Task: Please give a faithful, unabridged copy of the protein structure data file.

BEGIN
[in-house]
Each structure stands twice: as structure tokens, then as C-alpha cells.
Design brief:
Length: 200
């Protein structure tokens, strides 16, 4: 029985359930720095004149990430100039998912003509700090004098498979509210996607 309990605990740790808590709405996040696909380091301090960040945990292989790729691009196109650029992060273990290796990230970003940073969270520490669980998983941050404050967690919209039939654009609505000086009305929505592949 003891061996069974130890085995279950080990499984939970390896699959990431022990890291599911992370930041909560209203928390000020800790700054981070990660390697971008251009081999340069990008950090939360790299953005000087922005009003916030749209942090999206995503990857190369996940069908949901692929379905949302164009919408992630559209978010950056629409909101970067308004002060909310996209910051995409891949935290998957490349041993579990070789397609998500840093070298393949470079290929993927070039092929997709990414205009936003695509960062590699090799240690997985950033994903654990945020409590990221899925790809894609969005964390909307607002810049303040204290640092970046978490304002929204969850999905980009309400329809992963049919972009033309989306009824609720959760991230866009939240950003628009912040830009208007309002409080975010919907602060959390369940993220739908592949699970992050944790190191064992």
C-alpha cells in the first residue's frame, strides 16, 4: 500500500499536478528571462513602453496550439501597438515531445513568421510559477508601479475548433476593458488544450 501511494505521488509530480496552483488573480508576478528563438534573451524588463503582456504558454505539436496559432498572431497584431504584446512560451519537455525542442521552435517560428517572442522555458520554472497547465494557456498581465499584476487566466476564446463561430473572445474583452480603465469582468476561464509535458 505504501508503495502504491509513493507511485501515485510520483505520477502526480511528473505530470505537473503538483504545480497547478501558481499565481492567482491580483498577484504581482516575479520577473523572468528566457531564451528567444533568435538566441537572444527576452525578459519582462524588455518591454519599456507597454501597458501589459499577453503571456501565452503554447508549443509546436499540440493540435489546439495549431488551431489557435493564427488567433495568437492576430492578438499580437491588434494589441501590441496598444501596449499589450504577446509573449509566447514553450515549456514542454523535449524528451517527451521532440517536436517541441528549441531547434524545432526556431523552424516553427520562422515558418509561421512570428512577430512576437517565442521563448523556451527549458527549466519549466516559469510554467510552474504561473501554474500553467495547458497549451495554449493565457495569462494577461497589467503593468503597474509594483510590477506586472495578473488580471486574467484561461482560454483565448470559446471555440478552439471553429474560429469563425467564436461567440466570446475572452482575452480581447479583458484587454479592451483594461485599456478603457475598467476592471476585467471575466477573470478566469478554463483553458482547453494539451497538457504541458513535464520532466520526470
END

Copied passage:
[in-house]
Each structure stands twice: as structure tokens, then as C-alpha cells.
Design brief:
Length: 200
């Protein structure tokens, strides 16, 4: 029985359930720095004149990430100039998912003509700090004098498979509210996607 309990605990740790808590709405996040696909380091301090960040945990292989790729691009196109650029992060273990290796990230970003940073969270520490669980998983941050404050967690919209039939654009609505000086009305929505592949 003891061996069974130890085995279950080990499984939970390896699959990431022990890291599911992370930041909560209203928390000020800790700054981070990660390697971008251009081999340069990008950090939360790299953005000087922005009003916030749209942090999206995503990857190369996940069908949901692929379905949302164009919408992630559209978010950056629409909101970067308004002060909310996209910051995409891949935290998957490349041993579990070789397609998500840093070298393949470079290929993927070039092929997709990414205009936003695509960062590699090799240690997985950033994903654990945020409590990221899925790809894609969005964390909307607002810049303040204290640092970046978490304002929204969850999905980009309400329809992963049919972009033309989306009824609720959760991230866009939240950003628009912040830009208007309002409080975010919907602060959390369940993220739908592949699970992050944790190191064992």
C-alpha cells in the first residue's frame, strides 16, 4: 500500500499536478528571462513602453496550439501597438515531445513568421510559477508601479475548433476593458488544450 501511494505521488509530480496552483488573480508576478528563438534573451524588463503582456504558454505539436496559432498572431497584431504584446512560451519537455525542442521552435517560428517572442522555458520554472497547465494557456498581465499584476487566466476564446463561430473572445474583452480603465469582468476561464509535458 505504501508503495502504491509513493507511485501515485510520483505520477502526480511528473505530470505537473503538483504545480497547478501558481499565481492567482491580483498577484504581482516575479520577473523572468528566457531564451528567444533568435538566441537572444527576452525578459519582462524588455518591454519599456507597454501597458501589459499577453503571456501565452503554447508549443509546436499540440493540435489546439495549431488551431489557435493564427488567433495568437492576430492578438499580437491588434494589441501590441496598444501596449499589450504577446509573449509566447514553450515549456514542454523535449524528451517527451521532440517536436517541441528549441531547434524545432526556431523552424516553427520562422515558418509561421512570428512577430512576437517565442521563448523556451527549458527549466519549466516559469510554467510552474504561473501554474500553467495547458497549451495554449493565457495569462494577461497589467503593468503597474509594483510590477506586472495578473488580471486574467484561461482560454483565448470559446471555440478552439471553429474560429469563425467564436461567440466570446475572452482575452480581447479583458484587454479592451483594461485599456478603457475598467476592471476585467471575466477573470478566469478554463483553458482547453494539451497538457504541458513535464520532466520526470